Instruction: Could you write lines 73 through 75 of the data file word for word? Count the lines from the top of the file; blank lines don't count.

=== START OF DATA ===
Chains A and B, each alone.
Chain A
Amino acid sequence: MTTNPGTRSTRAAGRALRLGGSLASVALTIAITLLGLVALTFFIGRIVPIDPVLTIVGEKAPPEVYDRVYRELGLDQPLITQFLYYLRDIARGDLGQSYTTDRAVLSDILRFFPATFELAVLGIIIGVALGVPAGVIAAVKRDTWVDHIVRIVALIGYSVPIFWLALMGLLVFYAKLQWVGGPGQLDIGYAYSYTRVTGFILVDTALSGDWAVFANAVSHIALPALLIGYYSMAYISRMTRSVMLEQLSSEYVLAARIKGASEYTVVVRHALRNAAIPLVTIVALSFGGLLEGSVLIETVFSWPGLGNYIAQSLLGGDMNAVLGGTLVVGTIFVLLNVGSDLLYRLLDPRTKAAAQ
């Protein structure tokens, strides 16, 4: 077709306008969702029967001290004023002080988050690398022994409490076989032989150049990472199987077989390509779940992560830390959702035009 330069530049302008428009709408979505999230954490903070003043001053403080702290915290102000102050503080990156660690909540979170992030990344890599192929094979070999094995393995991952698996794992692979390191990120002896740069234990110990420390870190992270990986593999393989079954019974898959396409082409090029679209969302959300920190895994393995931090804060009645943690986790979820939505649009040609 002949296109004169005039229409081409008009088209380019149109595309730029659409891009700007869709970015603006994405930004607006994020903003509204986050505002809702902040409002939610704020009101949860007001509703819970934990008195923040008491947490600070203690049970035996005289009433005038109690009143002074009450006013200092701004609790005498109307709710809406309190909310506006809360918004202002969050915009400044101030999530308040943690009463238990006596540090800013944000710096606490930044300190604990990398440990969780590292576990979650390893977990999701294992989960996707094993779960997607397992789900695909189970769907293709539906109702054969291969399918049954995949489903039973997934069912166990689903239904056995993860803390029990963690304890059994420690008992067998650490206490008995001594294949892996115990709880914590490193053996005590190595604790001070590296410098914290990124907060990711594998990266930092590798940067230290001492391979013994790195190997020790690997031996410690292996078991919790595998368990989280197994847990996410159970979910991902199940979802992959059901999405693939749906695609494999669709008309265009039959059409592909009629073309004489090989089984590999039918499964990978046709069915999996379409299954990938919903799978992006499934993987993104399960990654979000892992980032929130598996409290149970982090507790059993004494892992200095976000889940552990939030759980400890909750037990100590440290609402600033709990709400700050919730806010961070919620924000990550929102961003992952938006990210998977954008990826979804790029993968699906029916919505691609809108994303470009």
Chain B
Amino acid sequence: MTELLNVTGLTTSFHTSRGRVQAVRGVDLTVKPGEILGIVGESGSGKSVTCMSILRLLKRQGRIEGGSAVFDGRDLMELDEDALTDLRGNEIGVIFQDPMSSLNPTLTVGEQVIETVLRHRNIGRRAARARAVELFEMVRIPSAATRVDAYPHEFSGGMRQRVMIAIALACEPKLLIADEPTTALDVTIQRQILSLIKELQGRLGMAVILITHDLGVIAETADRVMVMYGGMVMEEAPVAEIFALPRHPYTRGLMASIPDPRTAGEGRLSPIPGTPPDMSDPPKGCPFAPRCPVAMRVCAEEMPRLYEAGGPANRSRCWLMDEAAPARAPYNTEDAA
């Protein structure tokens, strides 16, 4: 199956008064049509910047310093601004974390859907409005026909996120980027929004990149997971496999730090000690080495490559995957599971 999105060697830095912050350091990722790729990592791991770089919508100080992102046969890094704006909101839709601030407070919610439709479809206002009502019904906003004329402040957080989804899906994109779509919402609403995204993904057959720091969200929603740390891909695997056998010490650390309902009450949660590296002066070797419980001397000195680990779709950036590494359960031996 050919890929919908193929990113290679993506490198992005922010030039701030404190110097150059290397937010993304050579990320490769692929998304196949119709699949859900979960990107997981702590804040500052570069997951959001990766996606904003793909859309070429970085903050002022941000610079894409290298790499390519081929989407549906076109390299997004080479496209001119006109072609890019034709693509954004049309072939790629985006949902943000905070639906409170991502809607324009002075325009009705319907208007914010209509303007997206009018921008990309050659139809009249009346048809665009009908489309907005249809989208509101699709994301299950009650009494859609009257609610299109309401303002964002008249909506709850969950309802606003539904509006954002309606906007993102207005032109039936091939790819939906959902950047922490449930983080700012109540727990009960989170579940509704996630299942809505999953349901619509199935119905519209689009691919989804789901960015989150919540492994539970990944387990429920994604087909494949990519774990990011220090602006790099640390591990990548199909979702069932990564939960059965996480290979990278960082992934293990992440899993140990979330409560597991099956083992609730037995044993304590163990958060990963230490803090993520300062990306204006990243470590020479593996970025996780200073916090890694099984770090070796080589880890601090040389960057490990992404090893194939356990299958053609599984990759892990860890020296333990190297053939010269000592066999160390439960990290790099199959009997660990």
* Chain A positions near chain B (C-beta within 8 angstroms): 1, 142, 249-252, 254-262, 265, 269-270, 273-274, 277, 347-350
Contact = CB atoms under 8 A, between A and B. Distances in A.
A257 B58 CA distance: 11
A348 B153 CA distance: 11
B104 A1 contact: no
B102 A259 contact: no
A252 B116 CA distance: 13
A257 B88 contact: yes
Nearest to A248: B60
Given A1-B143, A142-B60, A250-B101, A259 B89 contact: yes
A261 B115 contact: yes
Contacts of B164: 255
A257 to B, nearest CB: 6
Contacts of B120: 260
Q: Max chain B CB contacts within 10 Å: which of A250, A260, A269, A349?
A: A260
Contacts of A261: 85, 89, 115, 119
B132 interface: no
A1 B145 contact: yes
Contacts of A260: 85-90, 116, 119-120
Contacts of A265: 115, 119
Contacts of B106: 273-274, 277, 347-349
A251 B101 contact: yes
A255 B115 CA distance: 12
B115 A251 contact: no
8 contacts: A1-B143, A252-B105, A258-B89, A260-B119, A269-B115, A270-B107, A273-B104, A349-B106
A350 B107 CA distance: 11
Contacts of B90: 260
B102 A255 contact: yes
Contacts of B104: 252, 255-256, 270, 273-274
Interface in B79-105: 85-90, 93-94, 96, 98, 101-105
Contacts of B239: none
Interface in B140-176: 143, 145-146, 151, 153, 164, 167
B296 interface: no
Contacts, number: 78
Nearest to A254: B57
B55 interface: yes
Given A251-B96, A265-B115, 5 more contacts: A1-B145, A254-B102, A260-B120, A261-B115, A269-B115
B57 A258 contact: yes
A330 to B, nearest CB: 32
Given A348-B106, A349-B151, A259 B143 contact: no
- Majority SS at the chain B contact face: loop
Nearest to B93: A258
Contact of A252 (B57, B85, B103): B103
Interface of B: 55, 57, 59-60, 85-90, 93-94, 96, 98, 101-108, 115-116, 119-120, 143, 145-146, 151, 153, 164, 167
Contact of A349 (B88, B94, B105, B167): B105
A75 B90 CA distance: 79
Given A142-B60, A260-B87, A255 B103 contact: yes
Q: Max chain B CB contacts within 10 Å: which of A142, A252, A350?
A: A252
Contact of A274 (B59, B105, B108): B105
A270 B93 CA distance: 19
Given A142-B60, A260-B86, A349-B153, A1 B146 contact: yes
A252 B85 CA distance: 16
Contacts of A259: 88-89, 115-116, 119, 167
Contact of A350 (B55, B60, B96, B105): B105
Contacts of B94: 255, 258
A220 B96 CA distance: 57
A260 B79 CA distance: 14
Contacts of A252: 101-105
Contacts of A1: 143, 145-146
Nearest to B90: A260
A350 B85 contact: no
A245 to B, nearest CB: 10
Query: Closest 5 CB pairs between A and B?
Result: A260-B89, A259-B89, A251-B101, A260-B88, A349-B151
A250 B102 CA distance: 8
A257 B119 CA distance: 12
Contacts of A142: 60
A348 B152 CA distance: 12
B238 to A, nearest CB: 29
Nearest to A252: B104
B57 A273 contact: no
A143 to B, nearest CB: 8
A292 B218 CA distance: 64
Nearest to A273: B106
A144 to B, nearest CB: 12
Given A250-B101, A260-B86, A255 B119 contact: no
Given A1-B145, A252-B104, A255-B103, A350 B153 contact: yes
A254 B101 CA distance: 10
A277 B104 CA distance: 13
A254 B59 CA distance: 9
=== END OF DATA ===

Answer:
Result: A260-B89, A259-B89, A251-B101, A260-B88, A349-B151
A250 B102 CA distance: 8
A257 B119 CA distance: 12